Have you ever wanted to dump a list of tough questions on God? Would “where were you when…” be among them?
You wouldn’t be the first to consider asking God this one.
In fact, yesterday I wrote about a top 10 song by The Fray dedicated to this exact line of questioning. But members of The Fray are far from the first fellas brave enough to ask these questions out loud. In fact, their lyrics seem ripped straight from the pages of Job.
In the midst of exceedingly difficult circumstances, Job begins to wonder why God hasn’t intervened. Check it out:
“I cry to you, O God, but you do not answer;
I stand up, but you merely look at me.
You turn on me ruthlessly;
With the might of your hand you attack me
You snatch me up and drive me before the wind;
You toss me about in the storm” (Job 30:20-22).
Job’s friends do their best to answer his questions, but they fall short in the face of such tough stuff. But God does not. In chapter 38 God steps in with an answer that quickly puts Job’s perspective back in place.
“The Lord answered Job out of the storm, He said:
‘Who is this that darkens my counsel with words without knowledge?
Brace yourself like a man; I will question you, and you shall answer me.
Where were you when I laid the earth’s foundation?
Tell me, if you understand.
Who marked off its dimensions? Surely you know!
Who stretched a measuring line across it?
On what were it’s footings set, or who laid its cornerstone while the morning stars sang together and all the angels shouted for joy?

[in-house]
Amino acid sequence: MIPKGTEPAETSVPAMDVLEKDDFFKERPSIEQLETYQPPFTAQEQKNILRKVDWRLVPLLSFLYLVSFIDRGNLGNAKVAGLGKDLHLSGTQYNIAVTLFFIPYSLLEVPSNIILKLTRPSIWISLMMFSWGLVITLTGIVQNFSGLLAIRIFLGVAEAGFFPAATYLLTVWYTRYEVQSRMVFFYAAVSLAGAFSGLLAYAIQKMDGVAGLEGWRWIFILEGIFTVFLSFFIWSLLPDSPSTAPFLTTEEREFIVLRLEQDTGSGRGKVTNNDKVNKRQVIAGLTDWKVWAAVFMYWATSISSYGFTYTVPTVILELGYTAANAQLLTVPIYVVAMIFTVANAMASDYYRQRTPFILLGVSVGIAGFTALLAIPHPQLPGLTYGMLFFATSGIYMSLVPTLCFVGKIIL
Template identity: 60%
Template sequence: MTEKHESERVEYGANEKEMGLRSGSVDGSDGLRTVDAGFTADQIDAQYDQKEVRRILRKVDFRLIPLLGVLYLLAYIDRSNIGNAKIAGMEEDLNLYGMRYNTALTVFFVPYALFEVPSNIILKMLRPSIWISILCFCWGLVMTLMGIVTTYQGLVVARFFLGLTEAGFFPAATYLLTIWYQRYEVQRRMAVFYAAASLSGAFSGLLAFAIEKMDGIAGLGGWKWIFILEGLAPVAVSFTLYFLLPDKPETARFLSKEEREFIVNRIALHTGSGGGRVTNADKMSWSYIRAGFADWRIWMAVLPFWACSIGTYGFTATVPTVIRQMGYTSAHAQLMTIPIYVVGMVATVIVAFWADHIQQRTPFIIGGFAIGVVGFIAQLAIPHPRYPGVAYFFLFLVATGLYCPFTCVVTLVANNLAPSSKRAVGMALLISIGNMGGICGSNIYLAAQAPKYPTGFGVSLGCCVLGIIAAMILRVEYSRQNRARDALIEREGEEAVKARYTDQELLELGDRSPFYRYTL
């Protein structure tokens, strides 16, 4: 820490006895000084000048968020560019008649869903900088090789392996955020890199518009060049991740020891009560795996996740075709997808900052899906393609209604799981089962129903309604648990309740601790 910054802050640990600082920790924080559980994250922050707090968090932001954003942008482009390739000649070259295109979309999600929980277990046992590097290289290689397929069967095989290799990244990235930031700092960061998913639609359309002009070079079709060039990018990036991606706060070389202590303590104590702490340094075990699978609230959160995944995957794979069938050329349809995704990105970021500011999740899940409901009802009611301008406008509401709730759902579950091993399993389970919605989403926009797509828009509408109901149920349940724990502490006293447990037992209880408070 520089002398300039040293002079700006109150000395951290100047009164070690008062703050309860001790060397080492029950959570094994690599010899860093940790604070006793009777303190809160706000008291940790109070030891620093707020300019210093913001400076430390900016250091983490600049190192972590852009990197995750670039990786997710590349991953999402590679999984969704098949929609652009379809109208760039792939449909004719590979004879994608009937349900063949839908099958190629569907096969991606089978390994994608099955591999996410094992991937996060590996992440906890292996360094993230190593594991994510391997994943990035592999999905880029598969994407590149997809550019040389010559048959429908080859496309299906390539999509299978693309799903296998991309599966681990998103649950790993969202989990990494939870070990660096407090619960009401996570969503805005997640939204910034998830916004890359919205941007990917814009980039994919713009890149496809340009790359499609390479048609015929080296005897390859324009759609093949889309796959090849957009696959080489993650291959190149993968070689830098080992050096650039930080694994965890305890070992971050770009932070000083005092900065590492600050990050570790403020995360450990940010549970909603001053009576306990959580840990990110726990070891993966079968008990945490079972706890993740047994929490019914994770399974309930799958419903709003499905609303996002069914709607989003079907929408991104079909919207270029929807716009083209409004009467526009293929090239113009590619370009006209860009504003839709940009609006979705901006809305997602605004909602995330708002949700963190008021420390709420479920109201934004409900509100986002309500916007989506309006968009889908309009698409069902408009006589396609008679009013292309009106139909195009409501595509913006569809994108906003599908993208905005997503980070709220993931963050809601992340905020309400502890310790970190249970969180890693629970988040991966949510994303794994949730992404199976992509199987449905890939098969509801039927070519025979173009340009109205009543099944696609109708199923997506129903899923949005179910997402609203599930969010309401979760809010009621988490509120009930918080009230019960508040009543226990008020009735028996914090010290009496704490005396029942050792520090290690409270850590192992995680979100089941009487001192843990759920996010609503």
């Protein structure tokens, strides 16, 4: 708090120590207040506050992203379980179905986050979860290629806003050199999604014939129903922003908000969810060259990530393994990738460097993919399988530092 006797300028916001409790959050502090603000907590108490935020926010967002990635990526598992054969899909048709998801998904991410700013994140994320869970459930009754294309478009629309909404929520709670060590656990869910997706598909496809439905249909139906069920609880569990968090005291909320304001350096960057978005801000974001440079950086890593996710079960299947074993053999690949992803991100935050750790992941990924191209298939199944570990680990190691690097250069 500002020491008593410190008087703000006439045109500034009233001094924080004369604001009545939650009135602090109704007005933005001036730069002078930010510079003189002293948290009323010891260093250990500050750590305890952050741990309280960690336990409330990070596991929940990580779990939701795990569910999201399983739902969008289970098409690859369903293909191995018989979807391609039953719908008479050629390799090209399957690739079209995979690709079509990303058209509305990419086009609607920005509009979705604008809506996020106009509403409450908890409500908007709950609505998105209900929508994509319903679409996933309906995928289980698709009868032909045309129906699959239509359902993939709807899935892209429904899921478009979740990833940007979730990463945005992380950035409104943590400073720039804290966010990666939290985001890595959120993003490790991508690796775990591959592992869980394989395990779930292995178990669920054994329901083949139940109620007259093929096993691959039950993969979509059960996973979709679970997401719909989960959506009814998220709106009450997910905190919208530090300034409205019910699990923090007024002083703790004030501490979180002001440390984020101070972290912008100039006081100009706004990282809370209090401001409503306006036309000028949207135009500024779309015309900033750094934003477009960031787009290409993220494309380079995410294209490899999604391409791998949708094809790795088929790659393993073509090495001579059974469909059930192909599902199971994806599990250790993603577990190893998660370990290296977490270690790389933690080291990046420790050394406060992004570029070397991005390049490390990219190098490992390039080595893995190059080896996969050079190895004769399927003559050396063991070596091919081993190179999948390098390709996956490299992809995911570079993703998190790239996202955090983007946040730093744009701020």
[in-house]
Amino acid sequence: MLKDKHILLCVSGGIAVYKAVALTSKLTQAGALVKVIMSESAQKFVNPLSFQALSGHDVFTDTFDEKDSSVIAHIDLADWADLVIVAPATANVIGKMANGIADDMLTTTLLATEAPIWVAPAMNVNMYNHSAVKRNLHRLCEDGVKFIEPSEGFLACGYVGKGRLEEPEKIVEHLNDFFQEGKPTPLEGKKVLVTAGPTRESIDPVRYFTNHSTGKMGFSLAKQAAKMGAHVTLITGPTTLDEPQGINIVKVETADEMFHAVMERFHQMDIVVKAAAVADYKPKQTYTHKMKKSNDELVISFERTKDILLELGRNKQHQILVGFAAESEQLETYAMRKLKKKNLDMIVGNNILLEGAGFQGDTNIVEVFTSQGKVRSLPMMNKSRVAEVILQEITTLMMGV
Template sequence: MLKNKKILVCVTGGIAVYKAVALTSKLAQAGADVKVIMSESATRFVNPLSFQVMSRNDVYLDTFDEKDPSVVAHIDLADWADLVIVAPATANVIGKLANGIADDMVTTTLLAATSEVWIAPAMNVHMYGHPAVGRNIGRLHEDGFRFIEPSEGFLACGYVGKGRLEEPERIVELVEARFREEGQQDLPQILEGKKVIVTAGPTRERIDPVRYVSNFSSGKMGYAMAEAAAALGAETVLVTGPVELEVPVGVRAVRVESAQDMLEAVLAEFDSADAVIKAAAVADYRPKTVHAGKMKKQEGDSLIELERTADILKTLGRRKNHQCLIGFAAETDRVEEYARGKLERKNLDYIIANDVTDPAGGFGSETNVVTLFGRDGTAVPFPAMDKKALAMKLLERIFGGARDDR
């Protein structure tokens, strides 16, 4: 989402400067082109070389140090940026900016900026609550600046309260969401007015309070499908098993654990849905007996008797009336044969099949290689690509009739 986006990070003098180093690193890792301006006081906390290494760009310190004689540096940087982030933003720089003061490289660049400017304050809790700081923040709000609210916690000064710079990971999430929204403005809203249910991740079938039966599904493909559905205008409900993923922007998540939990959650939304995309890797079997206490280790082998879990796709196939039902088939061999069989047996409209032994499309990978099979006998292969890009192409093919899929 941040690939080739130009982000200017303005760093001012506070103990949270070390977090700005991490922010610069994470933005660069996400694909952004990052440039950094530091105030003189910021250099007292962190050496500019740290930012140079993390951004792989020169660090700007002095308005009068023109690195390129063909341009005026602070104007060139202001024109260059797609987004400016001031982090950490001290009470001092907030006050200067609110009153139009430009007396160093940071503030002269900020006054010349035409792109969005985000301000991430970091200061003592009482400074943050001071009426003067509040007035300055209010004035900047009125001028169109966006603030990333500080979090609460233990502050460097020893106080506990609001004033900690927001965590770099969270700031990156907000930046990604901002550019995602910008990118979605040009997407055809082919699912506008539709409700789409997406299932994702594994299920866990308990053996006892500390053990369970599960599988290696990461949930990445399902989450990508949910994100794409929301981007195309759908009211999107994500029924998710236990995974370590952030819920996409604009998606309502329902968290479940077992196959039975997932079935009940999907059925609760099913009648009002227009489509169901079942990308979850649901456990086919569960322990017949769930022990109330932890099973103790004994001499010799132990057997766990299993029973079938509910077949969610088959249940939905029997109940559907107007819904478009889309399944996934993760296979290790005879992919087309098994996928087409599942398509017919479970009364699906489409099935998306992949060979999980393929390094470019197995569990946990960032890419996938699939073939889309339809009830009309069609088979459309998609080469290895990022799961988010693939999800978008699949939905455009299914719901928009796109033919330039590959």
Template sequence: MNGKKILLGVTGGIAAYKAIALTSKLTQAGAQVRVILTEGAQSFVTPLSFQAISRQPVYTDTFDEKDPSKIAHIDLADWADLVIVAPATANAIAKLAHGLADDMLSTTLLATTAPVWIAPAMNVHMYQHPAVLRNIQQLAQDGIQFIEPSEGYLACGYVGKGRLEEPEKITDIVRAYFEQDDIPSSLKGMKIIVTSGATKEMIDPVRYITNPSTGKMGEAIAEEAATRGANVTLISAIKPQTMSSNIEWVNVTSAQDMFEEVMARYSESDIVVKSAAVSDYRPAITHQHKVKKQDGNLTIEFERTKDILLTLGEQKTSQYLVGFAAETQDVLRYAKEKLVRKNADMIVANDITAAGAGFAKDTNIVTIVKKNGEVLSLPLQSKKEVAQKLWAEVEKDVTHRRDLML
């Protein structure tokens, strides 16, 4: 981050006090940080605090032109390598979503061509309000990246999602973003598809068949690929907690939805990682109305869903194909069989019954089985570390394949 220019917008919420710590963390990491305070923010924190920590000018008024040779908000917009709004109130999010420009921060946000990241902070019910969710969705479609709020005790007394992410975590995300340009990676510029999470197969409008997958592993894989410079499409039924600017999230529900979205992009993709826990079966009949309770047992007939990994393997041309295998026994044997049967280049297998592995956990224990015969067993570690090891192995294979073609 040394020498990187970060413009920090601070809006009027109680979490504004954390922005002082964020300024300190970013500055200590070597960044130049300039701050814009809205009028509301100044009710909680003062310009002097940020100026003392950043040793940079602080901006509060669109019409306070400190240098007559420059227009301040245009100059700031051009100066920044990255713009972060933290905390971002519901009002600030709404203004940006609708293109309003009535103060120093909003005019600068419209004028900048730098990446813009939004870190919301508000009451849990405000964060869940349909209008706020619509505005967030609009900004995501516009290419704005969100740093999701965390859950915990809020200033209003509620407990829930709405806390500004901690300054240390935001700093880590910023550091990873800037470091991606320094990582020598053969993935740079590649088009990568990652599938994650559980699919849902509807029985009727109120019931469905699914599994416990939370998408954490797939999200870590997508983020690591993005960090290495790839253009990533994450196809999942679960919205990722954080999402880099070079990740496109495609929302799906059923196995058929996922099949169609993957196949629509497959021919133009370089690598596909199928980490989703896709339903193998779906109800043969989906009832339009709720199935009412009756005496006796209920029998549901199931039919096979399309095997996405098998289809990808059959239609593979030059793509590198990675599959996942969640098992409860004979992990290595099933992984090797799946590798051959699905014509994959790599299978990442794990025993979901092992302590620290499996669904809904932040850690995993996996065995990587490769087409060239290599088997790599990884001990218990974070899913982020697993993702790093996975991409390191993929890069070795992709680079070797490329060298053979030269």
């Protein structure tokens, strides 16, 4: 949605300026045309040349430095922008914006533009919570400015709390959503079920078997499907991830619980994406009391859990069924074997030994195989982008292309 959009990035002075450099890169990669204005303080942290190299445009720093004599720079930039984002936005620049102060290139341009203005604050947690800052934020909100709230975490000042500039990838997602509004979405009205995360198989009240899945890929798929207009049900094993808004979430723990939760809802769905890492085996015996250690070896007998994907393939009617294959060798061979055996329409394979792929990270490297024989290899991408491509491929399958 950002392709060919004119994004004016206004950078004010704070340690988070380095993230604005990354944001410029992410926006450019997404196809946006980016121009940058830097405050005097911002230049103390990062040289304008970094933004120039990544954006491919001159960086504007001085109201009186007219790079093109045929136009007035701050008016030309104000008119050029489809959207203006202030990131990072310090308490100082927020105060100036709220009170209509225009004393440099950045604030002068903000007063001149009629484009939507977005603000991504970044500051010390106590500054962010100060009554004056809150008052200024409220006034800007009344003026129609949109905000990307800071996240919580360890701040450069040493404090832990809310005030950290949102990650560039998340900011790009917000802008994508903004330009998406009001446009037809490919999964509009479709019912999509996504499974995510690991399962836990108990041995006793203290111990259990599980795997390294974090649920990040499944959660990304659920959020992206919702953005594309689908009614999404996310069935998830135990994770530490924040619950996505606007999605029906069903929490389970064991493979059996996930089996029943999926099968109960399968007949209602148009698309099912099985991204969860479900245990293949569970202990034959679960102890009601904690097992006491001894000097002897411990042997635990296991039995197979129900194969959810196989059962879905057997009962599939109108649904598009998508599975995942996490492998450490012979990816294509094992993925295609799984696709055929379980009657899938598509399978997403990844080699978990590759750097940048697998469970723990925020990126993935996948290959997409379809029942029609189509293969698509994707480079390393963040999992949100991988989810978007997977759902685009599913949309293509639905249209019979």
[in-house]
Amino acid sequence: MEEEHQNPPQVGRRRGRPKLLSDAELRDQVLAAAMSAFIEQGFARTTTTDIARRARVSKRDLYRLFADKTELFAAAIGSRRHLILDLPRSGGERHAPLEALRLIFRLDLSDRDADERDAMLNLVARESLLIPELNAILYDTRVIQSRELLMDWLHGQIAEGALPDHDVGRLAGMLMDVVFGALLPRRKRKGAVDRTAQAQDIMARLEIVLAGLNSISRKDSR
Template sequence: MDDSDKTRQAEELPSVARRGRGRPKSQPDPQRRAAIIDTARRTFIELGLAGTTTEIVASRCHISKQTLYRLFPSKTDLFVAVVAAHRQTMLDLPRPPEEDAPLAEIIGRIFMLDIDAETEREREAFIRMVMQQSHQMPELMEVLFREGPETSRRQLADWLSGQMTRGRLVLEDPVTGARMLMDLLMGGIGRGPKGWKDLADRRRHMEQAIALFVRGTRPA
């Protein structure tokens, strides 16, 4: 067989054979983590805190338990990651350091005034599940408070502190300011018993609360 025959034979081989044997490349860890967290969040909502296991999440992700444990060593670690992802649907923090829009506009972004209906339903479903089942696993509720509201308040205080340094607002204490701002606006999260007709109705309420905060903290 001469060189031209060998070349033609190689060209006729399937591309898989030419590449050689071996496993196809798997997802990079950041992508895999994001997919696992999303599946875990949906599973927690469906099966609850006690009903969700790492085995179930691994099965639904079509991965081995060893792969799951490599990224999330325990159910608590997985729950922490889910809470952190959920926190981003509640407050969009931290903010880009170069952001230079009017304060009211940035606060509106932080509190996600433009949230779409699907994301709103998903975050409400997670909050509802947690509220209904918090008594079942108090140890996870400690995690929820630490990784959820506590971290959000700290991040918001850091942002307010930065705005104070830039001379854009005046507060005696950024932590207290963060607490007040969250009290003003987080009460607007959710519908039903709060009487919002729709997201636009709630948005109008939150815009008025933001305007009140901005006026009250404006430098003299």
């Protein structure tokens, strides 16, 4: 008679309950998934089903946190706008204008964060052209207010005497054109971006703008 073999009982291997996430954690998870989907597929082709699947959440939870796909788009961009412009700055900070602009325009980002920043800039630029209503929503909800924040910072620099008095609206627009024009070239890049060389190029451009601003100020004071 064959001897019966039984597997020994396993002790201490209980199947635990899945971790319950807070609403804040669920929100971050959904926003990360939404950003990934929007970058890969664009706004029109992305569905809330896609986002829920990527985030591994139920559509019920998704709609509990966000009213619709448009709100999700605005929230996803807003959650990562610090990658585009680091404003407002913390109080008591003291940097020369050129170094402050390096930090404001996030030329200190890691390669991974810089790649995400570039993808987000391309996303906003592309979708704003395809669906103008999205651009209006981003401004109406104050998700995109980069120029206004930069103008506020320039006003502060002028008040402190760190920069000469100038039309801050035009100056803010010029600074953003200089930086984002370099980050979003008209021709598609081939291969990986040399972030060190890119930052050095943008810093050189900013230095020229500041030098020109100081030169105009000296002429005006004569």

Who shut up the sea behind doors when it burst forth from the womb,
when I made the clouds its garment and wrapped it in thick darkness,
when I fixed limits for it and set its doors and bars in place,
when I said, ‘This far you may come and no farther;
here is where your proud waves will halt’…”
For 123 verses God goes on to ask Job where he was when He was creating all that exists.
He asks Job if he’s entered the storehouses of snow in verse 38:22, and who the lightning bolts report to in verse 38:35. He mentions the creation of the behemoth in 40:15 and the leviathan in 41:1 (how’s that for fantastic?). For verse after verse he talks about the wonders of creation and repeatedly asks Job where he was when it was all being formed.
His point? He is God and Job is not.
Guess what? Thousands of years later, He is still God and we are still not.
And in the midst of a world that seems to have spun beyond God’s control, when times are really hard and our temptation is to wonder if God truly cares about our circumstances, these passages stand as an important reminder of our humble position before a holy, eternal, indescribable God.
Job finally got it and he was thrown into fierce repentance. His words back to God show us that the light bulb went off above his head.
In Job 42:1 we read,
“Then Job replied to the Lord;
‘I know that you can do all things;
No plan of yours can be thwarted.’”
The next time I find myself in the middle of the storm I hope I will avoid the temptation to throw up a rebel fist and ask God where He has gone. I will remember that the idea that God isn’t really involved in my life or that He comes and goes is a lie and I will choose to replace that lie with God’s liberating Truth.
He is able to do all things
His plans for me cannot be thwarted.